New Swell Classification Guidelines (Winter)
Significant: Winter - Swell 8 ft @ 14 secs or greater (11+ ft faces) for 8+ hours (greater than double overhead). Summer - Head high or better.
Advanced: Winter - Swell and period combination capable of generating faces 1.5 times overhead to double overhead (7-10 ft) Summer - Chest to head high.
Intermediate: Winter - Swell and period combination generating faces at head high to 1.5 times overhead (4-7 ft). Summer - Waist to chest high.
Impulse/Windswell: Winter - Swell and period combination generating faces up to head high (1-4 ft) or anything with a period less than 11 secs. Summer - up to waist high swell. Also called 'Background' swell.
Wave Model Issue: Starting last Tues (5/11) NOAA changed the format of the way they distribute the raw wave model data. This resulted in Stormsurf missing many of the model updates. We've were able to put a temporary solution in place that provided some images, but it was inconsistent. As of Sunday (5/16) we believe we have a fully workable solution implemented and hopefully the models will continue to update consistently. We'll be monitoring and implementing incremental changes as required to stabilize the situation. Regardless, the actual content of the models has not changed, only the format of how it's delivered (which means no change to whatever methodology our viewers have developed over the years to calculate local surf height at your break). Thanks for your patience.
On Sunday (5/16) North and Central California was getting very small south angled southern hemi swell with waves waist to chest high and top spots maybe seeing some head high sets and clean. This is way less than expected and did not warrant a significant class swell rating. Southern California was getting the same swell with thigh to maybe waist high sets up north and clean. Down south it was chest to maybe head high with top spots 1 ft overhead on the sets and looking better. Hawaii's North Shore was effectively flat and clean with trades in effect. The East Shore was getting waist high east windswell and chopped. The South Shore had some thigh high tradewind generated wrap-around sets and clean.
The forecast for North and Central CA is for southern hemi swell to be fading from waist high early Monday. Nothing till the next southern hemi swell arrives late Wed (5/19) building into Thursday at maybe waist high or so, with head high northwest windswell moving in at the same time. Southern California is to see southern hemi swell fading from chest high Monday at top spots. Nothing till the next small southern hemi swell arrives on Wednesday afternoon to waist high building to chest high on Thursday. The North Shore of Oahu is to see no rideable swell for the next week. The East Shore to see east tradewind generated windswell at waist high Monday dropping out, then back at waist high on Wednesday and maybe 6 inches more Thursday. The South Shore to see a very southerly pulse of southern hemi swell on Tuesday to waist to chest high and fading some on Wednesday. More very south angled swell to arrive on Thursday at waist high and holding. We're really in a summer pattern now.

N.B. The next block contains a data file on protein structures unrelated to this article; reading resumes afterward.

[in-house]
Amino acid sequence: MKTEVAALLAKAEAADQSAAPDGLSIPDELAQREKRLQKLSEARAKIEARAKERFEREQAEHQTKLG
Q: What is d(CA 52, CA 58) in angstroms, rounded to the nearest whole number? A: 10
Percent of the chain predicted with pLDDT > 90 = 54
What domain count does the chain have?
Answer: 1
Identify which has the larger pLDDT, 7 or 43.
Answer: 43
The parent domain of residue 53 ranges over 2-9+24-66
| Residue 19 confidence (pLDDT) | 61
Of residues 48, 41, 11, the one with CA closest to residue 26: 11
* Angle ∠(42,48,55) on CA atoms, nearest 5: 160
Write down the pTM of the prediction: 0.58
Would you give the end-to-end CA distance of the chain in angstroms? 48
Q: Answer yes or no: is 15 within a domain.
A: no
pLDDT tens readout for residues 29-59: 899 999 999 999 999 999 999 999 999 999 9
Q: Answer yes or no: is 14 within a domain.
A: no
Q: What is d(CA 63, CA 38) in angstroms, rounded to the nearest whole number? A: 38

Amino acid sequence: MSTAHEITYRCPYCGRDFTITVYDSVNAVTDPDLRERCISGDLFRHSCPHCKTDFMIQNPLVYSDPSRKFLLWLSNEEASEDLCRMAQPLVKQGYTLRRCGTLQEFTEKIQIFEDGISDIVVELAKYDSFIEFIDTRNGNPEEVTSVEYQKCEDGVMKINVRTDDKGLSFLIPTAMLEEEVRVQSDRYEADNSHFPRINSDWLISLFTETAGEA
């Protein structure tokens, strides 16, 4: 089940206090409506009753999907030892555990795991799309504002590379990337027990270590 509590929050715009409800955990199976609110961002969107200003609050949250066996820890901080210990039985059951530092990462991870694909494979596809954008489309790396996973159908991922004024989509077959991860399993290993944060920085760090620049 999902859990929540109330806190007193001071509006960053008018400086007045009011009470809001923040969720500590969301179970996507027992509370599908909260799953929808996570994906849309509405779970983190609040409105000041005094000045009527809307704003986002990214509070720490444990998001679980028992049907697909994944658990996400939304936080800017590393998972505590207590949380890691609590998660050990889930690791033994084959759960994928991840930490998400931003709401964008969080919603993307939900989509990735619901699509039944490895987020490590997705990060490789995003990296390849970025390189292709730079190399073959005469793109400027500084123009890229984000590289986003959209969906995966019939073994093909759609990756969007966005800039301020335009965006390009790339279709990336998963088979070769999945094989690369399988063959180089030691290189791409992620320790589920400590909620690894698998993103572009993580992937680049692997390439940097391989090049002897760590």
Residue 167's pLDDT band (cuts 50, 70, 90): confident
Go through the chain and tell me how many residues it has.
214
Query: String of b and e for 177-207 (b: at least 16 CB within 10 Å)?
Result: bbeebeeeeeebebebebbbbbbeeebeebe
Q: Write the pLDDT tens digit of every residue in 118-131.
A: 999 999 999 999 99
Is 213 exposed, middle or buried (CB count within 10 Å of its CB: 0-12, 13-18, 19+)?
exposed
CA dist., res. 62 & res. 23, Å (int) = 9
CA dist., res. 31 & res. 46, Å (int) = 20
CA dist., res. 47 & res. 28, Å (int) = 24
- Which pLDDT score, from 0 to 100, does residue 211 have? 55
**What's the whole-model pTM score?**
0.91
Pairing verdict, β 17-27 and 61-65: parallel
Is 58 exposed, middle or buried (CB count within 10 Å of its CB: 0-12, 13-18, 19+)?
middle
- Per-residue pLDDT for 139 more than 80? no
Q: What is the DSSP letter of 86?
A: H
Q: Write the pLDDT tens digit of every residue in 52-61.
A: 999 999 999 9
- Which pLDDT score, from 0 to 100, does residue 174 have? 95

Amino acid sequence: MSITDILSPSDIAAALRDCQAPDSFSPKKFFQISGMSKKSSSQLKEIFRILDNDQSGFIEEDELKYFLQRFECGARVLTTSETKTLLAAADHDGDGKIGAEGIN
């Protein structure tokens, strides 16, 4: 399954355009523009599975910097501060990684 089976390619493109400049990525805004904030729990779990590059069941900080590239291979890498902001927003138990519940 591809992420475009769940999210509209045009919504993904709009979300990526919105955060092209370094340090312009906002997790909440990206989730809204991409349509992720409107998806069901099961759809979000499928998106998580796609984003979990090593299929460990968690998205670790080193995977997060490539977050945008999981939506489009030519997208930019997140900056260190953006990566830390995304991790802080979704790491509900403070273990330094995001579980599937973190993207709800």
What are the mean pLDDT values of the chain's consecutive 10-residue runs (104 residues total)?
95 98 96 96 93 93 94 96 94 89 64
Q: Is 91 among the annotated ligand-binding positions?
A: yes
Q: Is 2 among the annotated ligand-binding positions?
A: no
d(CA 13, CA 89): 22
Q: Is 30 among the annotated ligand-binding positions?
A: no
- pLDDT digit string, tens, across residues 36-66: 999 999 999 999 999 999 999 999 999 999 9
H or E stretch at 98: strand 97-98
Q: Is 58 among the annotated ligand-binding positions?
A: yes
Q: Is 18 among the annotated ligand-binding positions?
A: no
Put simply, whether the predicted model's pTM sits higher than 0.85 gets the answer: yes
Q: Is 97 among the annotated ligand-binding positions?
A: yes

The models continue suggesting that a decent gale is to set up in the Northwestern Gulf dropping southeast Mon-Thurs (5/20) with 35 kt winds and up to 21 ft seas late Tues into Wed (5/19). Some rideable northwest windswell could result mainly for Central CA, but don't count on it. Down south a small gale formed northeast off New Zealand on Tues/Wed (5/12) with 30 ft seas and possible swell for Hawaii and the US West Coast mid-week. And a far stronger system is in the deep southeast Pacific on Fri-Sun (5/16) with seas pushing 44 ft aimed pretty well to the north. Possible larger swell for mainly the US West Coast next weekend and beyond if all stays on track.
SHORT- TERM FORECAST
Current marine weather and wave analysis plus forecast conditions for the next 72 hours
On Sunday (5/16) the North Pacific jet was more or less consolidated tracking from a trough just off Japan down at 30N pushing east-northeast up into a strong ridge over the dateline (winds at 170 kts), then dropping into a reasonable trough off the US West coast while loosing wind energy. Limited support for gael development in the trough off the US West Coast. Over the next 72 hours the same basic pattern is expected to hold, just all shifting to the east some. If anything the trough off the US west coast is to build, looking pretty good late Tuesday with 140 kt winds pushing into it. Good odds for surface level gael development there. Beyond 72 hours that trough is to get some reinforcing energy injected into it with winds back to 150 kts providing more support for gael development into Thurs (5/20) before it pushes into North CA on Fri (5/21). The weak trough that was off Japan is to push to the dateline and fade offering nothing of interest in regards to gale formation.